GAUTENG Education MEC Panyaza Lesufi has issued an ultimatum to both public and top private schools, saying they should refrain from opening their classrooms until February 15.
This follows last week’s decision by the Department of Basic Education to delay reopening of schools by another two weeks due to a spike in COVID-19 cases.
Until recently, it was believed globally that children were by and large mildly affected by COVID-19 and that their role in the transmission was limited. But now, that perception is changing with new emerging research – conducted by the US Centers for Disease Control and Prevention (CDC) – proving the point that children did indeed contract the virus and transmit it to others.
Lesufi was speaking during a school visit to Helpmekaar College in Braamfontein, Johannesburg, on Monday after the school sent newsletters to parents in the last few days, informing them that 1 200 boys must return to school despite government’s decision to delay reopening of schools by another two weeks.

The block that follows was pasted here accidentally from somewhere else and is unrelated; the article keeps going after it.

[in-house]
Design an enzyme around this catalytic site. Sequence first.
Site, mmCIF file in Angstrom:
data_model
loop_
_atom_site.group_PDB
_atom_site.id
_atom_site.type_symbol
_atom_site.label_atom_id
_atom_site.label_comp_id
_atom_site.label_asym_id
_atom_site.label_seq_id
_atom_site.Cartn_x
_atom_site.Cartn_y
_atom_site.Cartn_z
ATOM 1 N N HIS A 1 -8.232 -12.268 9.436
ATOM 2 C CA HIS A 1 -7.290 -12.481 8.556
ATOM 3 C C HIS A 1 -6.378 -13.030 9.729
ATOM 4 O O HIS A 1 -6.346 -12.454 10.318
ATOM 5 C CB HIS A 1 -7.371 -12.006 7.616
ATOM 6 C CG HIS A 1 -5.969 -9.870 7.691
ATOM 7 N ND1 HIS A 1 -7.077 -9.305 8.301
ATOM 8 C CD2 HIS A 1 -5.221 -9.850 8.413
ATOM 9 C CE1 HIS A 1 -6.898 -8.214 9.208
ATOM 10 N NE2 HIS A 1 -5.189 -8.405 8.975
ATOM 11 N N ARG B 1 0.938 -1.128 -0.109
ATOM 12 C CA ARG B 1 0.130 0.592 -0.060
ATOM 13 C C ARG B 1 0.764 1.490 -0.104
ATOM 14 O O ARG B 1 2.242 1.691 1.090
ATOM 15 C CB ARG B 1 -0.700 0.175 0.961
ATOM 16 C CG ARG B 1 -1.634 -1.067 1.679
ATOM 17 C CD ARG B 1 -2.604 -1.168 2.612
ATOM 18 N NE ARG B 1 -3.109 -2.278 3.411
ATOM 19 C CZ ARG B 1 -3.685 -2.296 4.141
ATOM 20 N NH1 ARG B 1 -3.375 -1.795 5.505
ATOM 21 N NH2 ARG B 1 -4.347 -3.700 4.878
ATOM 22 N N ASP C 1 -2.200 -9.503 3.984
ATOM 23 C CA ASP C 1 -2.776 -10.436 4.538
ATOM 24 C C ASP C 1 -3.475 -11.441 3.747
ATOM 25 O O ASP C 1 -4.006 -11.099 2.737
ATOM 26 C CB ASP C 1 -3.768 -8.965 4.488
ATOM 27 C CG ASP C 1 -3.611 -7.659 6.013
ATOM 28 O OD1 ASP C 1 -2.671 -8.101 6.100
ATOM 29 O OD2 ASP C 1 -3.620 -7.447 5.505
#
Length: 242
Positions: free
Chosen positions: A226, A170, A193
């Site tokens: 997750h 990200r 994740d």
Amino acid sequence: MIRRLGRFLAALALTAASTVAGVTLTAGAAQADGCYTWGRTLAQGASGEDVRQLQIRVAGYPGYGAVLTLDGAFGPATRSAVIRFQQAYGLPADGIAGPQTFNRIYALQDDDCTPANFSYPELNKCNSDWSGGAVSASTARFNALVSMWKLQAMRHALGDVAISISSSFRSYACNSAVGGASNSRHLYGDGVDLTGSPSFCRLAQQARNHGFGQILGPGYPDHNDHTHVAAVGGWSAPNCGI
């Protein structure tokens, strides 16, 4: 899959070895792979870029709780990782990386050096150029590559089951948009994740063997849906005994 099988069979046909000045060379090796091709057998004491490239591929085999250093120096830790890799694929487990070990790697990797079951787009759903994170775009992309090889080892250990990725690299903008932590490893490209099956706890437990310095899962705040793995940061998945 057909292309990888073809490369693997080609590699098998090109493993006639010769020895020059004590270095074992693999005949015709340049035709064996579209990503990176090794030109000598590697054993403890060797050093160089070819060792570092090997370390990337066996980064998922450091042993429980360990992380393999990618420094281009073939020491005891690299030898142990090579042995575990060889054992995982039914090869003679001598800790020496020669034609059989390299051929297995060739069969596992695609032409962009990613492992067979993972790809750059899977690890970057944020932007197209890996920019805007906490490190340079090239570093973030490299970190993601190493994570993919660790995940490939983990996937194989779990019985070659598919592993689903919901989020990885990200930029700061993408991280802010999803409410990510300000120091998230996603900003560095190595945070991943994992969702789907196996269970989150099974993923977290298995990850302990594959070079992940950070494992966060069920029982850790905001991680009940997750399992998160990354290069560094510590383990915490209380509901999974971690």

“No school should be allowed to operate in Gauteng until February 15. Any other school, public, private or independent that is operating in Gauteng, are in defiance of the State. We will persuade them to a certain limit. If not, we will act and we will do it within the confines of the law,” said Lesufi.
Lesufi visited the school to find out why it was letting learners return after government instructed schools not to reopen until February due to growing concerns over the increasing COVID-19 infections.
“This decision to delay the reopening of schools by two weeks needs to be gazetted so that we have a leg to stand on,” Lesufi added.
Lesufi said his department expected all schools to be closed until February 15.
Department of Basic Education announced on Monday that learners will only return to school on February 15 while staff will return on February 1 and School Management Teams (SMT) on January 25.
“The people who advised us to close are now complaining but the fact of the matter is that we listened to health officials when making such decisions,” said Lesufi.
Commenting on the COVID-19 vaccines, Lesufi said school children needed to be prioritized as well.
“I really believe we must protect the future and give the vaccine to the children. In the list of people who will be vaccinated, include the children. They are our future,” said Lesufi.
(SOURCE: INSIDE EDUCATION)